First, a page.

Closed day giorno di riposo JOR-no dee ree-PO-zo
Weekdays (Mon-Sat) feriali fair-ee-YA-lee
Sunday & holidays festivi fe-STEE-vee
     
ticket biglietto beel-YET-toh
two adults due adulti DOO-way ah-DOOL-tee
one child un bambino oon bahm-BEE-no
one student uno studente OO-noh stu-DENT-ay
one senior un pensionato oon pen-see-yo-NAH-toh

Basic phrases in Italian

English (inglese) Italian (italiano) pro-nun-see-YAY-shun
thank you grazie GRAT-tzee-yay
please per favore pair fa-VOHR-ray
yes si see
no no no
Do you speak English? Parla Inglese? PAR-la een-GLAY-zay
I don't understand Non capisco non ka-PEESK-koh
I'm sorry Mi dispiace mee dees-pee-YAT-chay
How much is it? Quanto costa? KWAN-toh COST-ah
That's too much É troppo ay TROH-po
     
Good day Buon giorno bwohn JOUR-noh
Good evening Buona sera BWOH-nah SAIR-rah
Good night Buona notte BWOH-nah NOTE-tay
Goodbye Arrivederci ah-ree-vah-DAIR-chee
Excuse me (to get attention) Scusi SKOO-zee
Excuse me (to get past someone) Permesso pair-MEH-so
     
Where is? Dov'é doh-VAY
...the bathroom il bagno eel BHAN-yoh
...train station la ferroviaria lah fair-o-vee-YAR-ree-yah
to the right à destra ah DEH-strah
to the left à sinistra ah see-NEEST-trah
straight ahead avanti [or] diritto ah-VAHN-tee [or] dee-REE-toh
information informazione in-for-ma-tzee-OH-nay

Days, months, and other calendar items in Italian

English (inglese) Italian (italiano) Pro-nun-cee-YAY-shun
When is it open? Quando é aperto? KWAN-doh ay ah-PAIR-toh
When does it close? Quando si chiude? KWAN-doh see key-YOU-day
At what time... a che ora a kay O-rah
     
Yesterday ieri ee-YAIR-ee
Today oggi OH-jee
Tomorrow domani doh-MAHN-nee
Day after tomorrow dopo domani DOH-poh doh-MAHN-nee
     
a day un giorno oon je-YOR-no
Monday Lunedí loo-nay-DEE
Tuesday Martedí mar-tay-DEE
Wednesday Mercoledí mair-coh-lay-DEE
Thursday Giovedí jo-vay-DEE
Friday Venerdí ven-nair-DEE
Saturday Sabato SAH-baa-toh
Sunday Domenica doh-MEN-nee-ka
     
Mon-Sat Feriali fair-ee-YAHL-ee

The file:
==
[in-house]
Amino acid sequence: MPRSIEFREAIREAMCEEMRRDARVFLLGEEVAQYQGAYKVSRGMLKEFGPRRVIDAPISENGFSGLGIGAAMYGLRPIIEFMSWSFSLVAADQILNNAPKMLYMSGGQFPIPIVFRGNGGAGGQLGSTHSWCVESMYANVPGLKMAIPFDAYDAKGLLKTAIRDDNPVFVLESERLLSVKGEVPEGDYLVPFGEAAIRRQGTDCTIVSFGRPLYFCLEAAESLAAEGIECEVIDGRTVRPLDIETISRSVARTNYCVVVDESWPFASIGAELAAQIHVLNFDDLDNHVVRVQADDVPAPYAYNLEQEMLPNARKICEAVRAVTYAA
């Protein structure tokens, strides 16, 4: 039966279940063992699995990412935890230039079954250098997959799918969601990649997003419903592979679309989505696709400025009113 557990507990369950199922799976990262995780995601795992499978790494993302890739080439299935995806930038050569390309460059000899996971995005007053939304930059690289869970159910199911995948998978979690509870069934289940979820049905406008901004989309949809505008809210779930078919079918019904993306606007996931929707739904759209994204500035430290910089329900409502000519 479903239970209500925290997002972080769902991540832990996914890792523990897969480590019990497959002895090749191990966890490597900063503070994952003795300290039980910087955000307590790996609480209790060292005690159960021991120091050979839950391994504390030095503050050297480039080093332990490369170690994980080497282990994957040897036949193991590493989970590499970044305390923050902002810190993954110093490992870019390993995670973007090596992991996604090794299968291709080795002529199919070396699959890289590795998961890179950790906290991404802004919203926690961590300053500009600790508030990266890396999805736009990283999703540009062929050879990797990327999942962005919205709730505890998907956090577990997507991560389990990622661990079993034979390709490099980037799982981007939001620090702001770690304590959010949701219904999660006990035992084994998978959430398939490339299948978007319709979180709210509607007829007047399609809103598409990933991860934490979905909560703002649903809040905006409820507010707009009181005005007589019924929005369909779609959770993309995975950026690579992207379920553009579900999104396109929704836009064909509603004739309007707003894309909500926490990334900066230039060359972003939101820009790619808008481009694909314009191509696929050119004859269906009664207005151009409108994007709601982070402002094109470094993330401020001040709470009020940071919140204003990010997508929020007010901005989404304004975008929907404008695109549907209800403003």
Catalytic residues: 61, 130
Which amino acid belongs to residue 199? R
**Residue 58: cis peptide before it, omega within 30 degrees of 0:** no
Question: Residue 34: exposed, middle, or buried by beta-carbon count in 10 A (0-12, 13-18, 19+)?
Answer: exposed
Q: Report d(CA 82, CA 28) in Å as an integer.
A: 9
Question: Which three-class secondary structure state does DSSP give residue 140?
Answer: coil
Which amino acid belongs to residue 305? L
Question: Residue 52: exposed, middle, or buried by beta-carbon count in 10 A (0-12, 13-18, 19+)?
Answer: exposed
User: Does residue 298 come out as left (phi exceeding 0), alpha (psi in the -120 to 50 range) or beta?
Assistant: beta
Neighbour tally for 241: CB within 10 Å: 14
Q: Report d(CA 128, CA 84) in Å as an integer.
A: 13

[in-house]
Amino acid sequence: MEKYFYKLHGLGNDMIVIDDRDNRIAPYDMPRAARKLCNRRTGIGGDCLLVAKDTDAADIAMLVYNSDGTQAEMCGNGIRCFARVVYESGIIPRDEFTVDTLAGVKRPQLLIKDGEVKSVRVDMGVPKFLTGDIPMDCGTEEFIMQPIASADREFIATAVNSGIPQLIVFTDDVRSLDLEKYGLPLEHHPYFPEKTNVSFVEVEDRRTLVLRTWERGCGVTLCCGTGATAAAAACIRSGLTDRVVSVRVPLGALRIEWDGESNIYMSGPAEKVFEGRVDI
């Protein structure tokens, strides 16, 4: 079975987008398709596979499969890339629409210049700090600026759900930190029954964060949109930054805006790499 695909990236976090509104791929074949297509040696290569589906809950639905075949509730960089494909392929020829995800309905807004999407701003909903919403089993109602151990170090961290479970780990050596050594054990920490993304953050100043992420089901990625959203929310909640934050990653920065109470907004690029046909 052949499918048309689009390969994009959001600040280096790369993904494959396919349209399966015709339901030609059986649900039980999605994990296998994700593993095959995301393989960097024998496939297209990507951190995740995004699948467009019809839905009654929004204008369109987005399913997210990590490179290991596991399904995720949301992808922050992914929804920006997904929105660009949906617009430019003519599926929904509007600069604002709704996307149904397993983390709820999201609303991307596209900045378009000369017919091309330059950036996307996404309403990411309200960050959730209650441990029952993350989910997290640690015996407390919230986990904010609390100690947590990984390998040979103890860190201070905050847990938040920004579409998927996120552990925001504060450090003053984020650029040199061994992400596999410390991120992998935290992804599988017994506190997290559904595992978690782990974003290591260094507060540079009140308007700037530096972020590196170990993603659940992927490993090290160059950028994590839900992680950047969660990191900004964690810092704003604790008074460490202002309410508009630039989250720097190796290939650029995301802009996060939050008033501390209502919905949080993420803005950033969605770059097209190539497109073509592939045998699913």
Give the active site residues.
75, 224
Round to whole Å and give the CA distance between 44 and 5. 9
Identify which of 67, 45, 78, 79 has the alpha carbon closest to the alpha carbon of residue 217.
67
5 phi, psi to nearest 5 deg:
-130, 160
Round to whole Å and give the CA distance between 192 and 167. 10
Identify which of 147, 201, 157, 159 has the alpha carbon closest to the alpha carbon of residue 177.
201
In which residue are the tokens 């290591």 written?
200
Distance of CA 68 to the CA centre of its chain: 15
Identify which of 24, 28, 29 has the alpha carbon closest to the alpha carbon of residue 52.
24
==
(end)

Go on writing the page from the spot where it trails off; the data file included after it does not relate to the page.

Sun & holidays Festivi feh-STEE-vee
Daily Giornaliere joor-nahl-ee-YAIR-eh
     
a month una mese oon-ah MAY-zay
January gennaio jen-NAI-yo
February febbraio feh-BRI-yo
March marzo MAR-tzoh
April aprile ah-PREEL-ay
May maggio MAH-jee-oh
June giugno JEW-nyoh
July luglio LOO-lyoh
August agosto ah-GO-sto
September settembre set-TEM-bray
October ottobre oh-TOE-bray
November novembre no-VEM-bray
December dicembre de-CHEM-bray

Numbers in Italian

English (inglese) Italian (italiano) Pro-nun-cee-YAY-shun
1 uno OO-no
2 due DOO-way
3 tre tray
4 quattro KWAH-troh
5 cinque CHEEN-kway
6 sei say
7 sette SET-tay
8 otto OH-toh
9 nove NO-vay
10 dieci dee-YAY-chee
11 undici OON-dee-chee
12 dodici DOH-dee-chee
13 tredici TRAY-dee-chee
14 quattordici kwa-TOR-dee-chee
15 quindici KWEEN-dee-chee
16 sedici SAY-dee-chee
17 diciasette dee-chee-ya-SET-tay
18 diciotto dee-CHO-toh
19 diciannove dee-chee-ya-NO-vay
20 venti VENT-tee
21* vent'uno* vent-OO-no
22* venti due* VENT-tee DOO-way
23* venti tre* VENT-tee TRAY
30 trenta TRAYN-tah
40 quaranta kwa-RAHN-tah
50 cinquanta cheen-KWAN-tah
60 sessanta say-SAHN-tah
70 settanta seh-TAHN-tah
80 ottanta oh-TAHN-tah
90 novanta no-VAHN-tah
100 cento CHEN-toh
1,000 mille MEEL-lay
5,000 cinque milla CHEEN-kway MEEL-lah
10,000 dieci milla dee-YAY-chee MEEL-lah


* You can use this formula for all Italian ten-place numbers—so 31 is trent'uno, 32 is trenta due, 33 is trenta tre, etc. Note that—like uno (one), otto (eight) also starts with a vowel—all "-8" numbers are also abbreviated (vent'otto, trent'otto, etc.).